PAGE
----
This month for our dare, we’re going to sweat.
No, not with ‘80s headbands and Olivia Newton John. (If you know her, though, please bring her along. I’d love to meet her!)
I challenge you, in icky sticky sweaty smelly July, to get outside. Go for a walk, or a run, or a swim, or a bike ride. Work in the garden or sit on your porch and drink lemonade. Listen to the birds. Feel the sweat trickle down the back of your neck.
You may be asking why. Or, if you’re like my kids, you may be asking whyyyyyyyyyy.
There are so many reasons to avoid going outside in the height of summer. I’ve experienced several pretty big ones myself.
A few years ago I had two surgeries to remove melanoma from my face—wear that sunscreen and those big floppy hats!
Last summer I was on an extensive round of antibiotics for suspected lyme disease that increased my chances for sunburn—use your bug repellant and more of the sunscreen and hats!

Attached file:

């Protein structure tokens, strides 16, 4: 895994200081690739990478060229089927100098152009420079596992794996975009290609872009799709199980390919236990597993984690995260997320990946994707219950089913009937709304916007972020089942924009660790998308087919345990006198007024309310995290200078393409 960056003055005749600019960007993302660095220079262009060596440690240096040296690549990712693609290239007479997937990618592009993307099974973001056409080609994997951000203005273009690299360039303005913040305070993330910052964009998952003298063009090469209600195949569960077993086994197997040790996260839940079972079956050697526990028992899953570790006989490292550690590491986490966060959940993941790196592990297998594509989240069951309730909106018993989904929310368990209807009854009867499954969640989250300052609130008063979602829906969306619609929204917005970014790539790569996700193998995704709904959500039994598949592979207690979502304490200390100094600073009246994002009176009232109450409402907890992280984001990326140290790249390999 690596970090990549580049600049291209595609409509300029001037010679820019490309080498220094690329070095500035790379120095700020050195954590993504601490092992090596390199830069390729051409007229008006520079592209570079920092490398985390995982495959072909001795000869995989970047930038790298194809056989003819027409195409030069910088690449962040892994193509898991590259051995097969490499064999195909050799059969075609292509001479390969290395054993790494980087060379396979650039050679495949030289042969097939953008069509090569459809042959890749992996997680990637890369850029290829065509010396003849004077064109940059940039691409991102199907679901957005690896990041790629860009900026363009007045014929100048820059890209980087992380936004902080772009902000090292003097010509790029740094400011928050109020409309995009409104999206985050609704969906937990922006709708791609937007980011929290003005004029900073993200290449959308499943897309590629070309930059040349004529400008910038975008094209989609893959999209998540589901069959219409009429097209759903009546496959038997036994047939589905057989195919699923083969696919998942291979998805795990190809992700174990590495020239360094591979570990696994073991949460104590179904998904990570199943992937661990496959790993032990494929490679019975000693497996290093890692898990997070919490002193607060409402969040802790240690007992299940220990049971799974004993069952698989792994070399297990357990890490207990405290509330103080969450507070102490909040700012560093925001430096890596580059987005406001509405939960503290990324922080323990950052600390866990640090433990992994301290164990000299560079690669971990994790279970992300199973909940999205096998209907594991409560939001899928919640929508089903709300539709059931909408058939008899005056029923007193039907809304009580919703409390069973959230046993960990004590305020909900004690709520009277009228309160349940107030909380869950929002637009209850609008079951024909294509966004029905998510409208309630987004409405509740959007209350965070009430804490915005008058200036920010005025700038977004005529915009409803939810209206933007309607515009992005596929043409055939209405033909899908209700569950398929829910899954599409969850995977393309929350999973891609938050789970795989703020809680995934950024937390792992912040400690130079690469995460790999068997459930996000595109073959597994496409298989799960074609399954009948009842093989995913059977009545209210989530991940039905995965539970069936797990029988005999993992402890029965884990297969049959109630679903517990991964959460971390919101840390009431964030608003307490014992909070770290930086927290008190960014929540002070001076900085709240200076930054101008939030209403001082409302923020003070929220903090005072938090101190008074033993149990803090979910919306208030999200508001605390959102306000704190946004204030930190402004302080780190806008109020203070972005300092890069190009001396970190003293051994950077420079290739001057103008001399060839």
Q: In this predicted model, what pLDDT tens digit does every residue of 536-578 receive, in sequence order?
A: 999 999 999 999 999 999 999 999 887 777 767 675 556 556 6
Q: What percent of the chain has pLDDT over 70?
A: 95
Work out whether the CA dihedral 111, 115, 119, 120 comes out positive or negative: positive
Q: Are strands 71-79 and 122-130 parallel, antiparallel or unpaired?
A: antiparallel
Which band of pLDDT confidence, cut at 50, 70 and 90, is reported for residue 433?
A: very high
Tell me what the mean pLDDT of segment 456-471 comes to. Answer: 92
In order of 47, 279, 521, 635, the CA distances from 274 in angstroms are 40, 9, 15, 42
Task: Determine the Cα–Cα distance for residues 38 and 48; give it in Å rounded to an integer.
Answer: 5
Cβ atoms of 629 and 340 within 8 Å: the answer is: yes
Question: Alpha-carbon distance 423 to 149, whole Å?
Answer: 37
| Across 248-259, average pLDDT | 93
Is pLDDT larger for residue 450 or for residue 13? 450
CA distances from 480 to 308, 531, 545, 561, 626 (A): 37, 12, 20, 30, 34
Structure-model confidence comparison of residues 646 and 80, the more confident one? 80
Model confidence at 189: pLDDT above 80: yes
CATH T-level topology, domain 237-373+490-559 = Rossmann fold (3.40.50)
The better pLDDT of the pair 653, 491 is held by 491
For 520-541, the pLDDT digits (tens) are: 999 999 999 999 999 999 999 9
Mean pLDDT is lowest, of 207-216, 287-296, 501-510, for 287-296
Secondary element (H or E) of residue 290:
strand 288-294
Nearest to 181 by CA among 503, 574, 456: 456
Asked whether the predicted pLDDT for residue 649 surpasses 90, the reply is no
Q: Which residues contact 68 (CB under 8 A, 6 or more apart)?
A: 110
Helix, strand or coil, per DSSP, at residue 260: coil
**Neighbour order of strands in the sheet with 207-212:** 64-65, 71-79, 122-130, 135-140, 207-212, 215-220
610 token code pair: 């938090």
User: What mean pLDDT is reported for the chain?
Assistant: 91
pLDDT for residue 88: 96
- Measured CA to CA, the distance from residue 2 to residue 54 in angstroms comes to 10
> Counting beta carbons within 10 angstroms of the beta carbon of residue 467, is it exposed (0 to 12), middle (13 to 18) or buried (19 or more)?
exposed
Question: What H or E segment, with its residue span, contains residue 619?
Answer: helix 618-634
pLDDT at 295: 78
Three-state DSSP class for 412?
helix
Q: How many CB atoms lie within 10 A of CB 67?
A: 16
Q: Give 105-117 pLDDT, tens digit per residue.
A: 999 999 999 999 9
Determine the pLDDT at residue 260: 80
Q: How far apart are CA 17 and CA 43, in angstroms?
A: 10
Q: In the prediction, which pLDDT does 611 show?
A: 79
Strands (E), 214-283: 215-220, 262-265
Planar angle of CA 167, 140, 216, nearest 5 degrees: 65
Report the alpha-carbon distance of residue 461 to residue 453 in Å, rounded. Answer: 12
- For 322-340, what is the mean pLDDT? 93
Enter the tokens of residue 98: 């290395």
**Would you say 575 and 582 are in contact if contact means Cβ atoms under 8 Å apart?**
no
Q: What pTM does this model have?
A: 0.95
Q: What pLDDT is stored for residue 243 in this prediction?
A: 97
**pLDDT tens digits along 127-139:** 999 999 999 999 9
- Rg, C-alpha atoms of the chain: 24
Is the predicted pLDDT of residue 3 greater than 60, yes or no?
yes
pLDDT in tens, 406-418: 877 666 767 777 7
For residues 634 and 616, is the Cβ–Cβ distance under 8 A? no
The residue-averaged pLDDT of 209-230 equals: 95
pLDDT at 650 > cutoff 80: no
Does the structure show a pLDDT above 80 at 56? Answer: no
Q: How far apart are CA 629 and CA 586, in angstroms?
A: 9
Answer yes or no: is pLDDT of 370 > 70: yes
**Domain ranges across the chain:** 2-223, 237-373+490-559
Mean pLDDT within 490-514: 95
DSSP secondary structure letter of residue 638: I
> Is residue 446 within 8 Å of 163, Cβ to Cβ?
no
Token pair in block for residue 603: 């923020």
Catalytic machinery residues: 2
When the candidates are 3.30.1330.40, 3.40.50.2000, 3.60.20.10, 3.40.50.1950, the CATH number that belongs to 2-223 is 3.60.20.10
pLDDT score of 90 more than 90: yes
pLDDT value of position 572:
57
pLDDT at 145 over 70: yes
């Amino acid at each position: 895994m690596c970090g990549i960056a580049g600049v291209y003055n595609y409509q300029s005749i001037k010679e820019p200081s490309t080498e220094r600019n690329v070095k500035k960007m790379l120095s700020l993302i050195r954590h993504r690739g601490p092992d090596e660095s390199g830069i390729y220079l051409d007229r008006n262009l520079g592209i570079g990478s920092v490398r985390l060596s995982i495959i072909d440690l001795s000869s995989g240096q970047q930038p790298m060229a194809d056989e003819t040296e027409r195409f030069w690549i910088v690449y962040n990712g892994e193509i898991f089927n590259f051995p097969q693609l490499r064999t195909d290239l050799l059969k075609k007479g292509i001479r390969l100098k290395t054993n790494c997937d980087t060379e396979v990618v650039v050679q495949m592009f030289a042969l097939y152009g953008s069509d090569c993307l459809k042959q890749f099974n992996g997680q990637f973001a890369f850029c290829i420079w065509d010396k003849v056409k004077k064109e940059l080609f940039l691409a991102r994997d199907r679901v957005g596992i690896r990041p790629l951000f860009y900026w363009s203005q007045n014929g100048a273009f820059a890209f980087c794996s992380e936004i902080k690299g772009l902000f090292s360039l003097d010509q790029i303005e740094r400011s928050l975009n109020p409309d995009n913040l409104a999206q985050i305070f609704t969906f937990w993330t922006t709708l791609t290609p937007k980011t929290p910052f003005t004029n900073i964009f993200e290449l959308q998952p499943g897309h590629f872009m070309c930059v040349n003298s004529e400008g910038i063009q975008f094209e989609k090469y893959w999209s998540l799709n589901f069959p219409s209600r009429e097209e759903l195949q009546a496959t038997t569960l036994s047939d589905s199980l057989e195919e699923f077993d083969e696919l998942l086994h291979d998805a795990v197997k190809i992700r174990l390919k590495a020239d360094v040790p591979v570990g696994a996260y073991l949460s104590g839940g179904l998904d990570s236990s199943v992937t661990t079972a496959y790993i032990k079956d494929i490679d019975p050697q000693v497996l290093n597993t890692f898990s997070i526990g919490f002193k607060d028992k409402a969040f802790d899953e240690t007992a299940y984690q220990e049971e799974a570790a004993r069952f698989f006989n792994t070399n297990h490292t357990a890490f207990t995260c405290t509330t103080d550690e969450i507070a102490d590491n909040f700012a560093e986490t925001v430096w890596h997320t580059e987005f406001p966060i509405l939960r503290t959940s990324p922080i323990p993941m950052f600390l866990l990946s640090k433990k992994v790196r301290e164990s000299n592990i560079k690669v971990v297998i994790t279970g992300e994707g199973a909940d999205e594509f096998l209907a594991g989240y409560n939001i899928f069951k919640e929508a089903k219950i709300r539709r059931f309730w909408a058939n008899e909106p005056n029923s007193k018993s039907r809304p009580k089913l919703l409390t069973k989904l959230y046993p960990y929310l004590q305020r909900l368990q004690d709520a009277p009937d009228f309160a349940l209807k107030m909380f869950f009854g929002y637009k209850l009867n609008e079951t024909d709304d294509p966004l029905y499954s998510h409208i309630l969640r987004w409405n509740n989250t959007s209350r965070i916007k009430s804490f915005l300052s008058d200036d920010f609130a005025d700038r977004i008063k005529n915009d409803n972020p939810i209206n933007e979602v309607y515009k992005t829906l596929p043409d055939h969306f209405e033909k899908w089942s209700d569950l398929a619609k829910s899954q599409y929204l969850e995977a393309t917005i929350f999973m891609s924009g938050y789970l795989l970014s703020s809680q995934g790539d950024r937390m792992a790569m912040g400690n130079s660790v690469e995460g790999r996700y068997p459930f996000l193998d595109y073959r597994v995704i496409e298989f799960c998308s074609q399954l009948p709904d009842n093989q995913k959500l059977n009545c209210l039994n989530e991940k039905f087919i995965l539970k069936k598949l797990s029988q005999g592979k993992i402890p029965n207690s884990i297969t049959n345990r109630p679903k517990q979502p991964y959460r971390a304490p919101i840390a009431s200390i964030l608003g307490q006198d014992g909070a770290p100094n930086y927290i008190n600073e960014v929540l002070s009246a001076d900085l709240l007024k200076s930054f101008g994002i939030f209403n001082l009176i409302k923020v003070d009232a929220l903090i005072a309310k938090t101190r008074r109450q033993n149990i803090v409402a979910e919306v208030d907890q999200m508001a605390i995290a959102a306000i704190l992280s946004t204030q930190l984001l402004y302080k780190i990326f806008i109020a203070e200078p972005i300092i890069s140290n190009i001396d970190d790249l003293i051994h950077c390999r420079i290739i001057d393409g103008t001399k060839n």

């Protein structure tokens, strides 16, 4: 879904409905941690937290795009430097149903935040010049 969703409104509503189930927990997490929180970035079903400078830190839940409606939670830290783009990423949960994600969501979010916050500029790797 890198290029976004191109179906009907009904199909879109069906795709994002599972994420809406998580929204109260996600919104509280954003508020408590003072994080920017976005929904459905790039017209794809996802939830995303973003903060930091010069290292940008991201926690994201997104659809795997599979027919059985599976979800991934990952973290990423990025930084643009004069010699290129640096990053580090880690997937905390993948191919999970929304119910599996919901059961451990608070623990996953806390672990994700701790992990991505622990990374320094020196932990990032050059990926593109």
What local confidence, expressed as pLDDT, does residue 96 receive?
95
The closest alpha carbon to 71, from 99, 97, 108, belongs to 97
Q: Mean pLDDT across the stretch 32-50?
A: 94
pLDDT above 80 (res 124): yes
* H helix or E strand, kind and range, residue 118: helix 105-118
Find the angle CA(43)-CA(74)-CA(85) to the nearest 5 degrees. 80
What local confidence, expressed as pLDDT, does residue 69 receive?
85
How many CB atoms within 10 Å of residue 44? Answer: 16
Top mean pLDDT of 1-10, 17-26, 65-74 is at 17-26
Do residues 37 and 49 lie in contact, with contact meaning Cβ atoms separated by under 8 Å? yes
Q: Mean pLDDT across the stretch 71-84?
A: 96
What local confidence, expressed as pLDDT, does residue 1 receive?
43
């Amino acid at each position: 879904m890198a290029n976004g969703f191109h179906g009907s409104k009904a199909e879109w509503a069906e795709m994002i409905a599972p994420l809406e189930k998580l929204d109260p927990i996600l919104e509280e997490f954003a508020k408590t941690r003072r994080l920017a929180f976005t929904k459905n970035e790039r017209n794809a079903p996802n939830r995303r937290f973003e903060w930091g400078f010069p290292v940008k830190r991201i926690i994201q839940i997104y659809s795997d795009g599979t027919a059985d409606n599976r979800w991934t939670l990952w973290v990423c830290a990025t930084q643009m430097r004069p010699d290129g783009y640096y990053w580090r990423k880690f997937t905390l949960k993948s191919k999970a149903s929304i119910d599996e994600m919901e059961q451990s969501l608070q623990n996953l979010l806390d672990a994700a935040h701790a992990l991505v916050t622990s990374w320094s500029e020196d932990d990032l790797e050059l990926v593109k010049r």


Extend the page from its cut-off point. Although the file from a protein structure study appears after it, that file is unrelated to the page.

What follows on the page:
I’ve developed mid-life allergies—hello, Claritin!
There are all kinds of heat warnings and charts that show the difference between heat stroke and heat exhaustion that are downright frightening—drink water and bring some with you, much more than you think you’ll need!
But I realized this spring that I’ve missed a lot. Outside is where the birds are, and the fish and squirrels and frogs even the creepy spiders.
It’s where you can walk so long with your kids that they finally say what’s on their minds.
It’s where you can cross paths with new neighbors, and invite them over for impromptu s’mores.
It’s where a deep breath that includes mint and lilies and grass and distant water can flood you with a thousand memories at once that make you want to hug someone for no reason at all.
It’s where you can be alone, and still feel connected.
It’s where you can glimpse just how big the world really is, and dream accordingly.
Feel free to set goals if you like. I’m hoping to someday hike the Camino de Santiago in Spain, so I’m trying to expend my hiking endurance (and trying to learn how to not get lost—that’s a story for another day). But you can also just sit and breathe and take it all in—there’s an awful lot of beauty out there.
Hug the humidity. Accept the sweat. Come out and play.
More ‘80s sweating, just for fun: